Retirement pensions from the National Insurance Scheme ensure that you have an income in your old age. You can start drawing a retirement pension the month after you turn 62. In order to draw a retirement pension before you turn 67, you must have accumulated sufficient pension rights. You can work as much as you want without your pension being reduced.
You accumulate rights to a retirement pension when you work or otherwise have a pensionable income before turning 75. Some benefits from the National Insurance Scheme (such as parental benefits, sickness benefits, work capacity assessment allowance and unemployment benefits) also count as pensionable income.
You can also accumulate rights to a retirement pension in unpaid care work, when receiving a disability pension, or if you have completed conscript service in 2010 or later. Read more about how to earn a retirement pension.
You can start drawing a retirement pension when you are between 62 and 75 years of age. In order to draw a retirement pension before you turn 67, you must have accumulated sufficient pension rights. It is important to be aware that the earlier you start drawing a pension, the less you are paid every year.
Note that you can work while drawing a retirement pension without this pension being reduced. You can also choose whether to draw your entire pension or only draw some of it. You may draw a 20, 40, 50, 60 or 80 per cent retirement pension. Read more about drawing a retirement pension.
If you accumulate rights to a retirement pension, your pension rights are adjusted annually in accordance with increasing salary levels. When you draw a retirement pension, the pension is adjusted annually in accordance with salary increases, and the pension is thereafter reduced by 0.75 per cent. Read more about adjustment of a retirement pension.
When you draw a retirement pension, your pension is adjusted in accordance with the general life expectancy of the population. If the life expectancy increases, you must expect to have to postpone drawing a retirement pension in order to receive a pension equivalent to that paid to those who are older than you. Read more about life expectancy adjustments.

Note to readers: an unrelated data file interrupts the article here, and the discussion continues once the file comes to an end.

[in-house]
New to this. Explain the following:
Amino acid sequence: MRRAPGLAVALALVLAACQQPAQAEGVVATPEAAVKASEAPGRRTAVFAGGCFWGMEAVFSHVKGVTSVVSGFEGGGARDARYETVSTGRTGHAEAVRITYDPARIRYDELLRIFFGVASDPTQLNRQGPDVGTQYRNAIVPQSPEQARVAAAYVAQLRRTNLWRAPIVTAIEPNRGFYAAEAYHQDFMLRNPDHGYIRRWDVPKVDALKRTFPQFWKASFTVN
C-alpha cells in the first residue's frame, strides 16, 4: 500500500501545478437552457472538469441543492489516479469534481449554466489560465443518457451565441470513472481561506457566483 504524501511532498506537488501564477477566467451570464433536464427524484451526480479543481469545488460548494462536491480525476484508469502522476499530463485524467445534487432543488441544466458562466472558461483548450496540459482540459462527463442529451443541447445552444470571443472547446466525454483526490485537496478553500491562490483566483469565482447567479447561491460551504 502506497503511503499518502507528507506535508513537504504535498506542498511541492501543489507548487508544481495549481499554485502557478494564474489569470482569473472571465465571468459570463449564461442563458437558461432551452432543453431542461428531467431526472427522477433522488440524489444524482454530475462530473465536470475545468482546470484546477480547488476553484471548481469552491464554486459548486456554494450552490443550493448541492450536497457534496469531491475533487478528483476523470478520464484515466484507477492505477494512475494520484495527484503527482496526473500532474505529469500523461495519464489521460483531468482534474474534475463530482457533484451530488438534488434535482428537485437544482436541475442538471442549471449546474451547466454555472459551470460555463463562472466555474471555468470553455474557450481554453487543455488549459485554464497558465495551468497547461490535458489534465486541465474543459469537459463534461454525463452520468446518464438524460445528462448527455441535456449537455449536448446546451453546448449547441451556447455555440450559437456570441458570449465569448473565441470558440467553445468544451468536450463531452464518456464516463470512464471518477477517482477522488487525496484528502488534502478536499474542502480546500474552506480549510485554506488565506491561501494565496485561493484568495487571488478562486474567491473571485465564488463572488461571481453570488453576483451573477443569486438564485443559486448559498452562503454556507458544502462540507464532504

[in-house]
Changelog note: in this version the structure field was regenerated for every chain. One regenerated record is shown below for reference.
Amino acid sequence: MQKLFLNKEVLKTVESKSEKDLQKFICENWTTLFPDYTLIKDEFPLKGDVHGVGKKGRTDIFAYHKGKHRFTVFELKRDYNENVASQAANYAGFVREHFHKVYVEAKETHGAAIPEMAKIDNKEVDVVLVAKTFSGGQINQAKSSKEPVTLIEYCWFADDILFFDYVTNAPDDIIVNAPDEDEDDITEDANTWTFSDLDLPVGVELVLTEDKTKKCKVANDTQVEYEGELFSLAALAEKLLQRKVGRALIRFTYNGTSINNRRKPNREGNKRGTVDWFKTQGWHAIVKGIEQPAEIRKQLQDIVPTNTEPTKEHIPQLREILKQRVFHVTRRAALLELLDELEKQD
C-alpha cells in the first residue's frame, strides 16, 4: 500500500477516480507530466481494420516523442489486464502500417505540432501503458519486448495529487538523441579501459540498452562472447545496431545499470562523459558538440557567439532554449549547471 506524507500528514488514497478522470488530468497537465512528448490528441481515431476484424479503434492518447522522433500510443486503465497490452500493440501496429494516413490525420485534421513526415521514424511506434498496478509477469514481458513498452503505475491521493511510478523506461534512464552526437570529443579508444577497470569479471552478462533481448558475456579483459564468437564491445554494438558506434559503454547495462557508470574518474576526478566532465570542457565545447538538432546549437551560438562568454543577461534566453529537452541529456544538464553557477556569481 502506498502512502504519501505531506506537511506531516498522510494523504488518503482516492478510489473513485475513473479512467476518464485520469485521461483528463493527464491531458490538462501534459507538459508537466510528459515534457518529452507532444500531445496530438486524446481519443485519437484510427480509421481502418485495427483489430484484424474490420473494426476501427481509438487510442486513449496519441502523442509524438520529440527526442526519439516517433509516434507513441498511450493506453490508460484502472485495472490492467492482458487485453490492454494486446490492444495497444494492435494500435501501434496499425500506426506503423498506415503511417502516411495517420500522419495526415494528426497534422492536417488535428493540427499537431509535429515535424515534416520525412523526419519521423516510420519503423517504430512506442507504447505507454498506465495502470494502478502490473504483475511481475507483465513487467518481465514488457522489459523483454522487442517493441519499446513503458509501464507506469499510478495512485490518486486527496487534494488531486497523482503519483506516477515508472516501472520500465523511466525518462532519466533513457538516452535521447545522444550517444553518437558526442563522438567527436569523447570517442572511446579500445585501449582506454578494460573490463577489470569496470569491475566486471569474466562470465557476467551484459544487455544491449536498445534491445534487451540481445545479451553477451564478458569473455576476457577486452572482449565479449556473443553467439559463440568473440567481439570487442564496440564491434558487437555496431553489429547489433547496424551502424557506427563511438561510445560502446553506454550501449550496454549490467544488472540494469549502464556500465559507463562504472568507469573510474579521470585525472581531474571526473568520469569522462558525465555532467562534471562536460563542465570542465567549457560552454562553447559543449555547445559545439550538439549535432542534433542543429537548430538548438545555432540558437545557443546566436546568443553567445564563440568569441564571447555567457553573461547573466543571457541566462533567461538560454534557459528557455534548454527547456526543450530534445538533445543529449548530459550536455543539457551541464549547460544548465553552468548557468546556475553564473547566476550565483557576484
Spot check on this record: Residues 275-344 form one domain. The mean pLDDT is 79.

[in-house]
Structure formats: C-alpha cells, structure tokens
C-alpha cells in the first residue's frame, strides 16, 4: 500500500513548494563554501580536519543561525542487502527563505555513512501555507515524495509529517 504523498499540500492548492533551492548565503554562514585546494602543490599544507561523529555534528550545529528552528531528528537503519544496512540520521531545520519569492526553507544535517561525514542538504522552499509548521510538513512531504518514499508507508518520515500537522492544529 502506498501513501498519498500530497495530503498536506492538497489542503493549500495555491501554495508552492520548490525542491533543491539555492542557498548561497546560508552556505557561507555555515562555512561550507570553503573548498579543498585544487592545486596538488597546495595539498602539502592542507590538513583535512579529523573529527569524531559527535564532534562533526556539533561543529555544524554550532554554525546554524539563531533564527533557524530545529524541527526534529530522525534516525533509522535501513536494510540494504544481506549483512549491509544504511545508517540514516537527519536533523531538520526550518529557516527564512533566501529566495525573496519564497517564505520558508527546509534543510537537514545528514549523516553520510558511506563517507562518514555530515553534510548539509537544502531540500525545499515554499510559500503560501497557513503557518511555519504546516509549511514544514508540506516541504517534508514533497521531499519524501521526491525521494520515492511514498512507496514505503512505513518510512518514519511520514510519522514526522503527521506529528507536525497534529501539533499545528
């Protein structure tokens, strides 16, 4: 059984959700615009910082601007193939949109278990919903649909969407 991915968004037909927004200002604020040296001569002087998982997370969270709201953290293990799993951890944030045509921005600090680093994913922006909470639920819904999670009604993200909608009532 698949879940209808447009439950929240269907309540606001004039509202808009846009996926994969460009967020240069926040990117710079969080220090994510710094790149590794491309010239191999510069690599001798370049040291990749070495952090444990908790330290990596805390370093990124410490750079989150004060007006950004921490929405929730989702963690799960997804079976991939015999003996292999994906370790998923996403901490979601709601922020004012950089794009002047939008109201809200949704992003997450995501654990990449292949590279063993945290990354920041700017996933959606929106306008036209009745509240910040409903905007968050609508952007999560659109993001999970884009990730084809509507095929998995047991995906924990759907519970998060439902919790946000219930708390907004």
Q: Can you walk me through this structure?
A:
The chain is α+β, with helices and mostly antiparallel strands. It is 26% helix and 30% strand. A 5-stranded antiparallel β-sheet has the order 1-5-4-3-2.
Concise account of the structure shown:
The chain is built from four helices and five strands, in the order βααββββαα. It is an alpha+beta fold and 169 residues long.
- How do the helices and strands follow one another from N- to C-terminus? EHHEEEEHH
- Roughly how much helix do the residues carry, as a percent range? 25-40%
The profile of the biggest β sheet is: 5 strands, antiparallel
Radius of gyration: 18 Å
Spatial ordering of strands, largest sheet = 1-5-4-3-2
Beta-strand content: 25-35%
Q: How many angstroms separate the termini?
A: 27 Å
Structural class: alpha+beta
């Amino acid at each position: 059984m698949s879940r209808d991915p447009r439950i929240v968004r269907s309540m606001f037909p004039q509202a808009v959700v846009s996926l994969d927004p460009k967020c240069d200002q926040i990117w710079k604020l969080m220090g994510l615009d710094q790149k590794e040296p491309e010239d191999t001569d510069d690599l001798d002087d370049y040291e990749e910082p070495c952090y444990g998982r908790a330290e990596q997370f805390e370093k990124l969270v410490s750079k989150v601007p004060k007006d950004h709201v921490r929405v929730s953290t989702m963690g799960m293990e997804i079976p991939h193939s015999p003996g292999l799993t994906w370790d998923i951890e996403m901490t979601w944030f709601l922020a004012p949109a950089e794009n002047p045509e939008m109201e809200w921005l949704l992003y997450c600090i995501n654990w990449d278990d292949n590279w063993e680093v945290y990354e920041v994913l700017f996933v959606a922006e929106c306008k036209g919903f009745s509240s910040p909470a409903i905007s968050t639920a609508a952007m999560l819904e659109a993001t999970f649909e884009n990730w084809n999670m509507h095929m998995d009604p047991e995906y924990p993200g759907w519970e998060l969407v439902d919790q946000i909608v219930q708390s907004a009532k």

In 2011, new rules about retirement pensions came into effect. The rules affect all current and future pensioners. All old-age pensioners will be affected by the new rules regarding pension adjustment. The way you accumulate rights to a retirement pension is still partly regulated by certain old rules, or by a combination of old and new rules.
If you are born in 1954 or earlier, the old rules for accumulating retirement pension rights apply.
If you are born between 1954-1962, a combination of the old and new accumulation rules apply.
Your payments will depend on the size of the pension rights you have earned, the percentage at which you draw a pension, whether you have a spouse with his/her own income and whether you have spent all or part of your life abroad. The online service Din pensjon ("Your pension") provides an overview of how much you will receive when you retire.
NAV can provide information and advice about contractual early retirement schemes and about retirement pensions from the National Insurance Scheme. If you have questions about your occupational pension, please contact your occupation pension provider.
A National Insurance retirement pension will be paid until the month of death.
It is easiest to apply for a retirement pension through the Din pensjon,("Your pension") online service, but you may also submit a paper application.
You should apply for your pension about three months prior to the date on which you want payments to begin. You cannot apply for a retroactive flexible retirement pension, and the earliest date on which you will be entitled to retirement pension will be the month after NAV has received your application. Read more about applying for a retirement pension.
First, you must find out whether you retain your membership in the National Insurance Scheme. Under "related content" you can read about membership and retirement pensions when staying abroad.
If your marital status changes or you plan long-term stays abroad, this might affect the payments you receive from NAV. You must therefore immediately report any such changes to your local NAV office.
Your money will normally be in your account by the 20th of each month, see more information about payments. Some benefits are paid earlier in December.
You can also check your payments on the Your payments service.